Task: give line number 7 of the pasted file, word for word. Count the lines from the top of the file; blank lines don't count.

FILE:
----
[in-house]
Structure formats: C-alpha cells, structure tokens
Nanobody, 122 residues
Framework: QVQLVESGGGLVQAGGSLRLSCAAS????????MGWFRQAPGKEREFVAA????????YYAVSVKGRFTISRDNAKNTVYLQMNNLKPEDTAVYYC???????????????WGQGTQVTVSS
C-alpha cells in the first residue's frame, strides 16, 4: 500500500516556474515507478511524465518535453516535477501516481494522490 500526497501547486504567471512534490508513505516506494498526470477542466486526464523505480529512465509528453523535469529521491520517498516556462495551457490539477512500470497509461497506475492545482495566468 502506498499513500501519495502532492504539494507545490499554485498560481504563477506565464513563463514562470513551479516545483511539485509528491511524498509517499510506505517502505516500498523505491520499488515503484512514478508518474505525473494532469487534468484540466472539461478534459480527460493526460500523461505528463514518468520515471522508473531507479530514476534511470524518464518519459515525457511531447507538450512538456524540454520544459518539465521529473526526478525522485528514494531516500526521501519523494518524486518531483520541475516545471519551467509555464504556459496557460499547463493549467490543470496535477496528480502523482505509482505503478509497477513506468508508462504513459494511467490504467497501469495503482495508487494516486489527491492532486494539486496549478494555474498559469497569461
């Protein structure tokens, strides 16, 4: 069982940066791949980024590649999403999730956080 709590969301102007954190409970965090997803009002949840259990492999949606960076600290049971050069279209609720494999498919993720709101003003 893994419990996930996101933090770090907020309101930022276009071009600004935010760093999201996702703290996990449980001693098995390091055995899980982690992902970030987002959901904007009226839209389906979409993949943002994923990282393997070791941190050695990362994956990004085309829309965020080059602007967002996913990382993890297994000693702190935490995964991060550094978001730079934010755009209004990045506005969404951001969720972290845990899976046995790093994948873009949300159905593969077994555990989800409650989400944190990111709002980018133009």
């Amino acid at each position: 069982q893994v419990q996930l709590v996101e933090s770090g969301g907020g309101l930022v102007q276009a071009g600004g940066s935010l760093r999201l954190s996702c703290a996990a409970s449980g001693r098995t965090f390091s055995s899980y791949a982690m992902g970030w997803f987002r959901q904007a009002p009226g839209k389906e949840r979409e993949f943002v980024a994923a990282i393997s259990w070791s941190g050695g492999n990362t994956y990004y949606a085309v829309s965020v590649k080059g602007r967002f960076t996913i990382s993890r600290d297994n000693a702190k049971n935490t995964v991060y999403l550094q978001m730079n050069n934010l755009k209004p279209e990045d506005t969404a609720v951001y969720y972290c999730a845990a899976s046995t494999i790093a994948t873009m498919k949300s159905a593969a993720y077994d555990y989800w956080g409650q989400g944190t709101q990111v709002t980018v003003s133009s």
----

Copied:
């Amino acid at each position: 069982q893994v419990q996930l709590v996101e933090s770090g969301g907020g309101l930022v102007q276009a071009g600004g940066s935010l760093r999201l954190s996702c703290a996990a409970s449980g001693r098995t965090f390091s055995s899980y791949a982690m992902g970030w997803f987002r959901q904007a009002p009226g839209k389906e949840r979409e993949f943002v980024a994923a990282i393997s259990w070791s941190g050695g492999n990362t994956y990004y949606a085309v829309s965020v590649k080059g602007r967002f960076t996913i990382s993890r600290d297994n000693a702190k049971n935490t995964v991060y999403l550094q978001m730079n050069n934010l755009k209004p279209e990045d506005t969404a609720v951001y969720y972290c999730a845990a899976s046995t494999i790093a994948t873009m498919k949300s159905a593969a993720y077994d555990y989800w956080g409650q989400g944190t709101q990111v709002t980018v003003s133009s």